2. Give full credit. Show your work in all its glory! It's especially important in cross-cultural inquiries. Europeans had (and often still have!) a most unfortunate tendency to assume they were the only people in the world whose work counted. The quintessential example is the absurd notion that an explorer who comes across a continent inhabited by millions of people can be said to have "discovered" it. There is no reason to recreate it in Steampunk. Just as it is appropriate and commonplace to thank one's parents, it must be common and expected practice to acknowledge those who have gone before intellectually. The most common failure mode here is to write about multiculturalism as if it's an undiscovered country waiting for white Steampunks to start getting into rather than something that Steampunks of color have been doing for years. Good scholarship demands no less.

  3. Respect that some things are simply not there for the borrowing. Research is always necessary. However, it is not necessarily sufficient. There are some things that no matter how well one researchs them, no matter how carefully one recreates them, there is simply no way to use them respectfully because they are reserved to the culture. For example, there is absolutely no way for someone who is not Maori to get or imitate Ta Moko without giving the gravest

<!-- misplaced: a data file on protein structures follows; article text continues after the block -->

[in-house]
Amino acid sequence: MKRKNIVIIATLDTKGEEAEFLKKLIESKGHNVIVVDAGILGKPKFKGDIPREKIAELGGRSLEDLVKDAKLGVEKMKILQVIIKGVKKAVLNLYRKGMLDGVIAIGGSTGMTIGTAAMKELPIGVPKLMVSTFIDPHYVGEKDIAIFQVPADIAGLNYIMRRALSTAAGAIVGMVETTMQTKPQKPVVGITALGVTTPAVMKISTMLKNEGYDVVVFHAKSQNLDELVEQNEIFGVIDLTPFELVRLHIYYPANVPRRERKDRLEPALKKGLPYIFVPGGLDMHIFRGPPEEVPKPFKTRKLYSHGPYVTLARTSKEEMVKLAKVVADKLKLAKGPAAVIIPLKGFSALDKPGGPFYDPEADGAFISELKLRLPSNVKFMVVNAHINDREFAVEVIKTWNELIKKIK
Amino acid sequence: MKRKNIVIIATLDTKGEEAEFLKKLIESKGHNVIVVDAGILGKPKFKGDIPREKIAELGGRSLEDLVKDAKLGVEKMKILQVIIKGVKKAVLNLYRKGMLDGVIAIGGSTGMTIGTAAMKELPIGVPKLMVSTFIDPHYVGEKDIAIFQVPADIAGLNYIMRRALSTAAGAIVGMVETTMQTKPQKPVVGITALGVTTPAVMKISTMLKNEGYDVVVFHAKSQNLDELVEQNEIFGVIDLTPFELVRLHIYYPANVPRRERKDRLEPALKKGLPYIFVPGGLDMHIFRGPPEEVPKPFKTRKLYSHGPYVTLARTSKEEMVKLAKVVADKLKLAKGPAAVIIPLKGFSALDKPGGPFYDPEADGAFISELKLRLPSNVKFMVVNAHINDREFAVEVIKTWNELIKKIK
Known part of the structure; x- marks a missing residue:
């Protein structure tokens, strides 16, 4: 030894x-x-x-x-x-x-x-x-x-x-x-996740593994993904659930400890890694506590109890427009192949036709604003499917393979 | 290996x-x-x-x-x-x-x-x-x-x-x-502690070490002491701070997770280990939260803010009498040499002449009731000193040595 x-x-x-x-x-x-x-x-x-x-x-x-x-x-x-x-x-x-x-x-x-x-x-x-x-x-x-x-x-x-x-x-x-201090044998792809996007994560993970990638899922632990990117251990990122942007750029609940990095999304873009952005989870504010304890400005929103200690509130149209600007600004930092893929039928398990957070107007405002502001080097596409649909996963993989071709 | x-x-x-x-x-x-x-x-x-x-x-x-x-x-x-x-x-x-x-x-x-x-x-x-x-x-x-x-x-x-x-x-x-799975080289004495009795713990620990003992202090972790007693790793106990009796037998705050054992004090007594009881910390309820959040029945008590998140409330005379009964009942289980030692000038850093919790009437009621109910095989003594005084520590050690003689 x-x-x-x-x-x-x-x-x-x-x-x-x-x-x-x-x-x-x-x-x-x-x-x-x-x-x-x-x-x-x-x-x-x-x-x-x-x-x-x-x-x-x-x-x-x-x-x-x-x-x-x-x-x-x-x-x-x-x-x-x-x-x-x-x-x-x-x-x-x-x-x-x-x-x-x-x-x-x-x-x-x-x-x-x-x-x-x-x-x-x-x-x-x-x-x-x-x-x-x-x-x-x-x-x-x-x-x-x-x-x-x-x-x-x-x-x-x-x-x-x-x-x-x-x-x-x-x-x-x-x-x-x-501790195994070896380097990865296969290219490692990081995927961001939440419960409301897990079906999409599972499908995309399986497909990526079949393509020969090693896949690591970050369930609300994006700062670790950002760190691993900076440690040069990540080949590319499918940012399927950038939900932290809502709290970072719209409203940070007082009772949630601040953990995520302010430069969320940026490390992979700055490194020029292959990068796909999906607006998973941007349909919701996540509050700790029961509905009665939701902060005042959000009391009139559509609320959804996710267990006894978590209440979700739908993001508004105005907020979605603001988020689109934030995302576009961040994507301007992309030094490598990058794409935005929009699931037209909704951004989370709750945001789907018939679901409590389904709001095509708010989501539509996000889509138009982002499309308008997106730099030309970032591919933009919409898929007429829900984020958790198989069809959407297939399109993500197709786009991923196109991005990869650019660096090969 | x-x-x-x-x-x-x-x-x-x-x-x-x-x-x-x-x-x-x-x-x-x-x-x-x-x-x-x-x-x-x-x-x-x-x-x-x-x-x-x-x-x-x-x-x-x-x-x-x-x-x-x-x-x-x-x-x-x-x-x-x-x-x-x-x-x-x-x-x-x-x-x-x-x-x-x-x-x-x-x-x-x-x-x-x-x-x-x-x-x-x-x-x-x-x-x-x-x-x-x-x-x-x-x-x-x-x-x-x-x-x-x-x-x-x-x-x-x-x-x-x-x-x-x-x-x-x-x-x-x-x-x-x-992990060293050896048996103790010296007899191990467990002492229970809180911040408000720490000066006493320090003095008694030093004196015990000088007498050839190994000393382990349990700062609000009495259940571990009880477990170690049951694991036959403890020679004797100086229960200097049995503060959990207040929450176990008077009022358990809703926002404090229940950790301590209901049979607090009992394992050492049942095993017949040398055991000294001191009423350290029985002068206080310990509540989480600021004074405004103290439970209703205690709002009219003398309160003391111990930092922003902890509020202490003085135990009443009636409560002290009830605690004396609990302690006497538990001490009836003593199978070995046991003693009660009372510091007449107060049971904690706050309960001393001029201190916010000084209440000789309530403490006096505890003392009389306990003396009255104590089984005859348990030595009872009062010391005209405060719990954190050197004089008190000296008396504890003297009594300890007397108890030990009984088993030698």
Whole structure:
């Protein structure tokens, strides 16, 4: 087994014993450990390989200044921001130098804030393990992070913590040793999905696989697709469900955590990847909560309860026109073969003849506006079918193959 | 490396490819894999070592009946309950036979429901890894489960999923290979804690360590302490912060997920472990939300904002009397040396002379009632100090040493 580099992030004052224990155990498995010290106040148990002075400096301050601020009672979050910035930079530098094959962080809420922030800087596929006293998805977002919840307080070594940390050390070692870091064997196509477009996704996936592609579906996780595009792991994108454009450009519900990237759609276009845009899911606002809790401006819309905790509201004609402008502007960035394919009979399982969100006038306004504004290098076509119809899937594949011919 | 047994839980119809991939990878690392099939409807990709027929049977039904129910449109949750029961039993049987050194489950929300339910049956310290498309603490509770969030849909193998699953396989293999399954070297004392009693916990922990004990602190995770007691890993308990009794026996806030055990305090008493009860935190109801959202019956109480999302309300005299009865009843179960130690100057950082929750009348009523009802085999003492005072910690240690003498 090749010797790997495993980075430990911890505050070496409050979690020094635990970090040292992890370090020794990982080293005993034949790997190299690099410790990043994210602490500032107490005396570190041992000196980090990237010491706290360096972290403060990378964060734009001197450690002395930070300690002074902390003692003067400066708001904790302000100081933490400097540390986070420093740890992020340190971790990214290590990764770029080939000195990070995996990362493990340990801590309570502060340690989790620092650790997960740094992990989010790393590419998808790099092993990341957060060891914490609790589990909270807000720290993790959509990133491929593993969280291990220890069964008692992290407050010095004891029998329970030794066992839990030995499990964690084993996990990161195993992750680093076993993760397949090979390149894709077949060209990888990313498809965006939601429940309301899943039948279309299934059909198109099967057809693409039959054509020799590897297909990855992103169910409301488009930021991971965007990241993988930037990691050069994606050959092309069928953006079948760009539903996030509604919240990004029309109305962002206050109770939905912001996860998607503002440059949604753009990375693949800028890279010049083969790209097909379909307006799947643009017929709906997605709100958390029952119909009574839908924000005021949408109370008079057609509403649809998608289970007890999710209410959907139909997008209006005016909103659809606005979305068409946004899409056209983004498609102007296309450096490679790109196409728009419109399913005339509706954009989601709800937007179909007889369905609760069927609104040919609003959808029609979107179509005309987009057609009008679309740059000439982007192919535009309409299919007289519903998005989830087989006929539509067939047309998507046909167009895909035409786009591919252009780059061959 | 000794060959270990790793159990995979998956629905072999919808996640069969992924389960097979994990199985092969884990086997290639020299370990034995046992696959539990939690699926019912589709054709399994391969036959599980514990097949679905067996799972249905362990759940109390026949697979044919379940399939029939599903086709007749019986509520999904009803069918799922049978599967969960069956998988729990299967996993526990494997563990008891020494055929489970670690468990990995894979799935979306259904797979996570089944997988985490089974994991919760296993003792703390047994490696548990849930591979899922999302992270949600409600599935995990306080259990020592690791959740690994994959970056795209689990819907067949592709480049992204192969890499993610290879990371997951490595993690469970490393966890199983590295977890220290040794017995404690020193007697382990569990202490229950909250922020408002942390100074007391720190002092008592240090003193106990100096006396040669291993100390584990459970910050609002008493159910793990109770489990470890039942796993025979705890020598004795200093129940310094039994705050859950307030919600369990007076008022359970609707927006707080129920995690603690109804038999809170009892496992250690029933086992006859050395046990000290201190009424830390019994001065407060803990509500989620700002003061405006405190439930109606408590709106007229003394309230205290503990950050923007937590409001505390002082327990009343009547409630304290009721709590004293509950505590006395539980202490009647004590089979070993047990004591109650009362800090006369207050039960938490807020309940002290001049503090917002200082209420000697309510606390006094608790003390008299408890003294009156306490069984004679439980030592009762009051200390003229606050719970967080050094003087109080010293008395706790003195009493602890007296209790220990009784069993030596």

of insults
    to the Maori and (the Maori have it) to their own families. For an example closer to an American home, if one wears a current United States military decoration, one had best have been awarded it.

  4. Be cautious of Imperialism and Colonialism. One person's Glorious Empire is another's detested genocide. If one's words cast the world beyond Victoriana as the target of the next wave of colonization, one is not writing about multiculturalism, but engaging in Orientalism. One is not re-imaging the past, but replicating it. We mustn't sweep these things under the rug, either: they happened and we have to own that.